Midway Atoll (also known as Midway Island or Midway Islands, Hawaiian: Pihemanu) is a 6.2 square kilometer atoll located in the North Pacific Ocean (near the northwestern end of the Hawaiian archipelago) at 28°13′ N 177°22′ W, about one-third of the way between Honolulu and Tokyo. It is less than 150 miles east of the International Date Line and is about 2,800 miles west of San Francisco and 2,200 miles east of Japan. It consists of a ring-shaped barrier reef and several sand islets. The two significant pieces of land, Sand Island and Eastern Island, provide habitat for hundreds of thousands of seabirds.
The atoll, which has no indigenous inhabitants, is an unincorporated territory of the United States, designated an insular area under the authority of the U.S. Department of the Interior. It is a National Wildlife Refuge administered by the U.S. Fish and Wildlife Service. The visitor program closed in January 2002 and there are no facilities at the present time for receiving visitors. However, visitors able to provide their own transportation can contact the refuge manager for information about visiting the atoll. The economy is derived solely from governmental sources. All food and manufactured goods must be imported.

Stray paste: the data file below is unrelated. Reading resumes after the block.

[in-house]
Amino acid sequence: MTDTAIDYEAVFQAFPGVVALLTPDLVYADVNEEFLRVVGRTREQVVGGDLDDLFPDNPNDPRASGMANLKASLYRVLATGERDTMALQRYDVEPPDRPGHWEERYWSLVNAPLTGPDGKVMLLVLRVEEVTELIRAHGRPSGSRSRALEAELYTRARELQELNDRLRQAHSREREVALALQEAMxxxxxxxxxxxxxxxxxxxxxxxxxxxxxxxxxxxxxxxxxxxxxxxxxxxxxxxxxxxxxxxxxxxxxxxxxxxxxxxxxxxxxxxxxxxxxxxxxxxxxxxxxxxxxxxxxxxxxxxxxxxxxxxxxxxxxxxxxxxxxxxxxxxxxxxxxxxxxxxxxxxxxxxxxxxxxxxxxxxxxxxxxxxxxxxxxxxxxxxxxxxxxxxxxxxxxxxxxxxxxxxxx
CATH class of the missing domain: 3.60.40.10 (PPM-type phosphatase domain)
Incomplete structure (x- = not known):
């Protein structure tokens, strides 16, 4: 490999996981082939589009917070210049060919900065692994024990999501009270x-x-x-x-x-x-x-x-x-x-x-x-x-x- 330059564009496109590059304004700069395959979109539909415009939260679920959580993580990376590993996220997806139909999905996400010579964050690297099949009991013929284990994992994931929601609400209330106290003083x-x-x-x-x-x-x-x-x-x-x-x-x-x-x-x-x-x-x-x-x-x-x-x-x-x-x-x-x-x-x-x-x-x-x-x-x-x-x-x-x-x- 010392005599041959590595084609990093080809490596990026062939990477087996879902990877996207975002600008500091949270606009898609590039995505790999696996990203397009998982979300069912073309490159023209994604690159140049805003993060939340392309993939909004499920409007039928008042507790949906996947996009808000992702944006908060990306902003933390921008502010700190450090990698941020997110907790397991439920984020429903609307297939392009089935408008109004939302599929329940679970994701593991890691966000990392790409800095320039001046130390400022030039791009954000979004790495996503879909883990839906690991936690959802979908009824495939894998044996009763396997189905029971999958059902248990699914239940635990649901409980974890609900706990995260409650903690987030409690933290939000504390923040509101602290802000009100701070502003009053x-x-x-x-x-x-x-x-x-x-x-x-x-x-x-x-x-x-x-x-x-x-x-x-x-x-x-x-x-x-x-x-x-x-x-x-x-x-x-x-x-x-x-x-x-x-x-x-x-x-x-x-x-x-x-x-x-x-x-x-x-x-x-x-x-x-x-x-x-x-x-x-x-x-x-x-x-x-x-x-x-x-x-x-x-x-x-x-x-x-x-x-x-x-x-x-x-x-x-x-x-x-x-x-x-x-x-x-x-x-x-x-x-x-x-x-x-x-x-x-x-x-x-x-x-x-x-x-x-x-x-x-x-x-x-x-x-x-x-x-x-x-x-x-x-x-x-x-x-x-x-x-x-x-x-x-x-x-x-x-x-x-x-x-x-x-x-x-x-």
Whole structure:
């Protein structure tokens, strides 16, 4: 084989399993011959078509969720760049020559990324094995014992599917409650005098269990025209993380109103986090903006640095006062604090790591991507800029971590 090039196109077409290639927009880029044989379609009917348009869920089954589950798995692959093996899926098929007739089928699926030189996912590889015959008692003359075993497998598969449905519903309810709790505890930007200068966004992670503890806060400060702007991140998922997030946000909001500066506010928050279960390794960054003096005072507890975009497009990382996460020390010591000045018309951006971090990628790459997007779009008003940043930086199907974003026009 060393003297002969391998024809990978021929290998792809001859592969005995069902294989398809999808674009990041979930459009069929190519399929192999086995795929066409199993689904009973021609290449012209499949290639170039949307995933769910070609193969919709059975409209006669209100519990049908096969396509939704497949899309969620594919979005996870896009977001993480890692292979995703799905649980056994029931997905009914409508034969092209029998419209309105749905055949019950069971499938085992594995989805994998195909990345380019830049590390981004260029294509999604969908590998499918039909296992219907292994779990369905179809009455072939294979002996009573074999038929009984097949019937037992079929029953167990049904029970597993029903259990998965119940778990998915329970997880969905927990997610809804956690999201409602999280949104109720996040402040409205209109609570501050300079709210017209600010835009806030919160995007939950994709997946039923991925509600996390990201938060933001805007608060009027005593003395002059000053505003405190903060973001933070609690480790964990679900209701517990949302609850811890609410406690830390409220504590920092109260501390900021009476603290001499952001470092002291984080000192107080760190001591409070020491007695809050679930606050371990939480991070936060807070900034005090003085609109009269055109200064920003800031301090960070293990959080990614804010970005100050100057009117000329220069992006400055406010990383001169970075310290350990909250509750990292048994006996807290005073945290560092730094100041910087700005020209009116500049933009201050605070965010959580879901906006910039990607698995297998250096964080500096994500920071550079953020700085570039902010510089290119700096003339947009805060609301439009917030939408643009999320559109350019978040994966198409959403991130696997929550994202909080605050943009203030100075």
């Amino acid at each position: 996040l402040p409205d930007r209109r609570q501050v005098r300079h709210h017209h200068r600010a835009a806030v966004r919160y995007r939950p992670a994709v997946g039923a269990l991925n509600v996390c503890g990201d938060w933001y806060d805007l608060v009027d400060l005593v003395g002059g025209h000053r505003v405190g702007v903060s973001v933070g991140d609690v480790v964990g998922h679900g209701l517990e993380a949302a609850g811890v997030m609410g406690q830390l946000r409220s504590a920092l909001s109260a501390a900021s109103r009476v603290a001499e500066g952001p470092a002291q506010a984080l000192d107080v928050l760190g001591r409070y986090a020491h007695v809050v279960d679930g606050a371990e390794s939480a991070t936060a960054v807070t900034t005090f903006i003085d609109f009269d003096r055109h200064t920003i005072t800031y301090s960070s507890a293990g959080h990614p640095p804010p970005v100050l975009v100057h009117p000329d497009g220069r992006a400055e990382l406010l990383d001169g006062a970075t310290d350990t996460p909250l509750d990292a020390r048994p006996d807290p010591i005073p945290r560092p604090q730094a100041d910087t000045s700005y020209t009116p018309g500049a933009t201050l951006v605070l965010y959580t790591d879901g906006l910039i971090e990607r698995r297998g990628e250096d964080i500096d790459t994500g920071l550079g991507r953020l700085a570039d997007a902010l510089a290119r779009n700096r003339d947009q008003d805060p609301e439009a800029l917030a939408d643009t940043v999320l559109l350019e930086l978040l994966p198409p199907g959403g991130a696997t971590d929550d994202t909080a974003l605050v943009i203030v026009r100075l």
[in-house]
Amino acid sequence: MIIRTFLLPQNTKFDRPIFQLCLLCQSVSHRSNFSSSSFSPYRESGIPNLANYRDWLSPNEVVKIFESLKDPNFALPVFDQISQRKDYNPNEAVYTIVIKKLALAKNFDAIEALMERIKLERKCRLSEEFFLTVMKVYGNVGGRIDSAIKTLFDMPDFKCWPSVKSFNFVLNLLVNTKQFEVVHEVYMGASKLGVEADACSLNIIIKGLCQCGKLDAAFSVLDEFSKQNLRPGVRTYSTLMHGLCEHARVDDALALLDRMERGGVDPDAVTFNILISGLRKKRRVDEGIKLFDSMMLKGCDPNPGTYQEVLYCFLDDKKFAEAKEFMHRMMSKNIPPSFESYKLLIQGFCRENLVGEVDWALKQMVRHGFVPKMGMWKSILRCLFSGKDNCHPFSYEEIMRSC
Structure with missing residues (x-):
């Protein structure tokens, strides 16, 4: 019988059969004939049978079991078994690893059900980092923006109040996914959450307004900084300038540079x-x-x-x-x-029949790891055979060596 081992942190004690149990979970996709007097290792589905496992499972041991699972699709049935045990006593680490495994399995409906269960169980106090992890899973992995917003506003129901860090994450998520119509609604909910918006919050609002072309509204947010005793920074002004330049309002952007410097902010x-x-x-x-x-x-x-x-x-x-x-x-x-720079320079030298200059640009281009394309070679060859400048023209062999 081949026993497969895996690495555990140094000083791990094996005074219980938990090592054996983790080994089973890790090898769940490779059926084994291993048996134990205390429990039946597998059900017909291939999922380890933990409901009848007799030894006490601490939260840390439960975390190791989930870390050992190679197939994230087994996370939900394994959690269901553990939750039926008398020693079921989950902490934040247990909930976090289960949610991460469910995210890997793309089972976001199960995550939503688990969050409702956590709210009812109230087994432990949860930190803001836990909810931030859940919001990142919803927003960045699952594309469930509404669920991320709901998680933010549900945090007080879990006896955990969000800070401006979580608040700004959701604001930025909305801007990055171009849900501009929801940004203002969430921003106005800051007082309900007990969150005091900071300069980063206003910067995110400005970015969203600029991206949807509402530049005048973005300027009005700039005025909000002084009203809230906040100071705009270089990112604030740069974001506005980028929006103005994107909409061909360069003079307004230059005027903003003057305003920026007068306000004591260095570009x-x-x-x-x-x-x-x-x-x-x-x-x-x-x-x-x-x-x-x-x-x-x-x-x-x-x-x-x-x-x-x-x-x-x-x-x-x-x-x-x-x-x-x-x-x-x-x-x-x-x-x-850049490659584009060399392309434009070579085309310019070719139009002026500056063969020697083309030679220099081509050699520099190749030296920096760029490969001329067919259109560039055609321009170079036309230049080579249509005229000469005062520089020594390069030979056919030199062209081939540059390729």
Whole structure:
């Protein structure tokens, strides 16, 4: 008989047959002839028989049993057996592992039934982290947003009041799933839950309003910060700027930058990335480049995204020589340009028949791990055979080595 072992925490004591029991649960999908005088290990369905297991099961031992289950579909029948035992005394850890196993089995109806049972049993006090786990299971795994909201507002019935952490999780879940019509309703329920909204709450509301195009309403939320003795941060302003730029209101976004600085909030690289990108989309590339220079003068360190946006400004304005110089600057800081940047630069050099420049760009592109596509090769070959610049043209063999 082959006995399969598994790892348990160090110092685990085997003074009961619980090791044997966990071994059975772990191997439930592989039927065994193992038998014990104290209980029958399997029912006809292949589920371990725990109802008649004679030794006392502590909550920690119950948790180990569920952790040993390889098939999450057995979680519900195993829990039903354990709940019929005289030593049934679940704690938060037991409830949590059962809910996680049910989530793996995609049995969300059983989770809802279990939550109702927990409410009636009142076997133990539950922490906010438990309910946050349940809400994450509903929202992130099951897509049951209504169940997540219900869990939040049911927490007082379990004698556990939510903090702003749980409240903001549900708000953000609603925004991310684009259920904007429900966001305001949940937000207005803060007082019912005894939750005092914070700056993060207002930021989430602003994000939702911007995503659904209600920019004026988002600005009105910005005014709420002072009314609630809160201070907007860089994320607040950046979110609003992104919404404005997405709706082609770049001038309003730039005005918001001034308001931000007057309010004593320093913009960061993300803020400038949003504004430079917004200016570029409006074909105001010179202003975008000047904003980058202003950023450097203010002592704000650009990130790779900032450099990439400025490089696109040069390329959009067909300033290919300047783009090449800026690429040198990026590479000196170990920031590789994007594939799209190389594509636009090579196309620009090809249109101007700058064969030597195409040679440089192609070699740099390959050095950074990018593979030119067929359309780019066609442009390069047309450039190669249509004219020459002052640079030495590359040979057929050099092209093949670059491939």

Midway lies nearly halfway between North America and Asia. It also lies almost halfway around the earth from Greenwich, England.
Midway is best known as the location of the Battle of Midway, fought in World War II on June 4, 1942. The nearby United States Navy defeated a Japanese attack against the "Midway Islands," marking a turning point in the war in the Pacific theater.